Abstract # 1050 Event # 9:

Scheduled for Thursday, August 18, 2005 11:30 AM-11:45 AM: Session 1 (Parliament Room) Oral Presentation

Referential Potential of Chimpanzee (Pan troglodytes) Food Barks

C. M. Gibbons, K. L. Holland and S. T. Boysen
The Ohio State University, Department of Psychology, 238 Townshend Hall, 1885 Neil Ave. Mall, Columbus, OH 43210, USA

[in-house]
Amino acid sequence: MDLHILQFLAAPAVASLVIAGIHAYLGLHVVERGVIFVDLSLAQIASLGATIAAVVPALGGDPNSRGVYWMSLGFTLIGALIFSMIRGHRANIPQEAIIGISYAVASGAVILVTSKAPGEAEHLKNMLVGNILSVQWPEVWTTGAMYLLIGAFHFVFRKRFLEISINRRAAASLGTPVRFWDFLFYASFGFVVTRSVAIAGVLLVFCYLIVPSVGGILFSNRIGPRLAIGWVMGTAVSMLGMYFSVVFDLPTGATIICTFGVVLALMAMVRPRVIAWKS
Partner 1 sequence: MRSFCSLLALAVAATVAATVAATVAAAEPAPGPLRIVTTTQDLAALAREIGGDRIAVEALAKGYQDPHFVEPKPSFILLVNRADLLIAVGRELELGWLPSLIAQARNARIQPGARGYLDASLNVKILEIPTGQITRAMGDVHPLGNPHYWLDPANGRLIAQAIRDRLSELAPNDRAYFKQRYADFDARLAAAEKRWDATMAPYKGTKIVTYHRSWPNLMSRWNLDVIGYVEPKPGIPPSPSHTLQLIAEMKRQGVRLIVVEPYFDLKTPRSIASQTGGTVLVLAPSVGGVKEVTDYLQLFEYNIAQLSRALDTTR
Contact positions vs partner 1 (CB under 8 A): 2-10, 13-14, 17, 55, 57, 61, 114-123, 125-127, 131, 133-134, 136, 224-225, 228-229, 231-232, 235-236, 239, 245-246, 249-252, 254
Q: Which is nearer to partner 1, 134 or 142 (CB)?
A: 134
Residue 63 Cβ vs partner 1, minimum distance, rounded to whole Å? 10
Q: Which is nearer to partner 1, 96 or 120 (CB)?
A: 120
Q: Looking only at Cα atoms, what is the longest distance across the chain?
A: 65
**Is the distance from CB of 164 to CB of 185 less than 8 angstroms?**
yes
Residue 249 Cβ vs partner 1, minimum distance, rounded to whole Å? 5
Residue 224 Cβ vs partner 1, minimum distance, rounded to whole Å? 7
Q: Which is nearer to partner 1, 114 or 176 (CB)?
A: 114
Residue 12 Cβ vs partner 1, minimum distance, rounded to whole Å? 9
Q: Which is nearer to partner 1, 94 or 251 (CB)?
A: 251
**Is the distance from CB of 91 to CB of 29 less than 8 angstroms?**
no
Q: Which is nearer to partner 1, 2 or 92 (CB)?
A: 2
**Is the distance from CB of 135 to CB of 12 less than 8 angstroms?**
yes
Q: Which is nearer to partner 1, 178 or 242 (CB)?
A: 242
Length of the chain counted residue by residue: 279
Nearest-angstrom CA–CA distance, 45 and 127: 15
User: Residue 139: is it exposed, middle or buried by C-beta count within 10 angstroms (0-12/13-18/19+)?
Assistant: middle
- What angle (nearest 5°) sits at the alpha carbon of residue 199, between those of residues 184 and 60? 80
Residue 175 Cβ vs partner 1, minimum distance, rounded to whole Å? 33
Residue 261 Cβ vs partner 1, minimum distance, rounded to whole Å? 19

To explore the degree to which chimpanzee (Pan troglodytes) food vocalizations may potentially reference specific foods, or more reflect categorical food quality, a replication and elaboration of Hallberg et al. (2003) was completed. Five adult chimpanzees housed at the Ohio State University Chimpanzee Center were presented with 36 food barks that were collected as a larger sample. Vocal samples used included 4 different exemplars (recorded from different animals) representing each of 9 foods, including 3 high value, 3 moderate, and 3 low value items. All presentations of the vocalizations were randomized over nine test sessions, 16 trials each, for a total of 144 vocalizations. Individual vocalizations were presented 16 times to each subject. On a given trial, immediately after presentation of the vocal stimulus, four color photos of different foods were displayed in a 2 x 2 matrix via computer-interfaced touch-frame system and monitor. The chimps were rewarded for whatever choice they made to minimize learning effects, and ideally, selected the photo that matched the food vocalization being presented. Overall results indicated that the animals were statistically significant in choosing photographs representing specific foods (P < 0.01) and food quality category (P < 0.01). Subsequent acoustic analyses of the vocal stimuli identified the significant features that likely contributed to specific and categorical vocalization judgments. Results suggest that these subjects derived referentially specific information from the food vocalizations presented.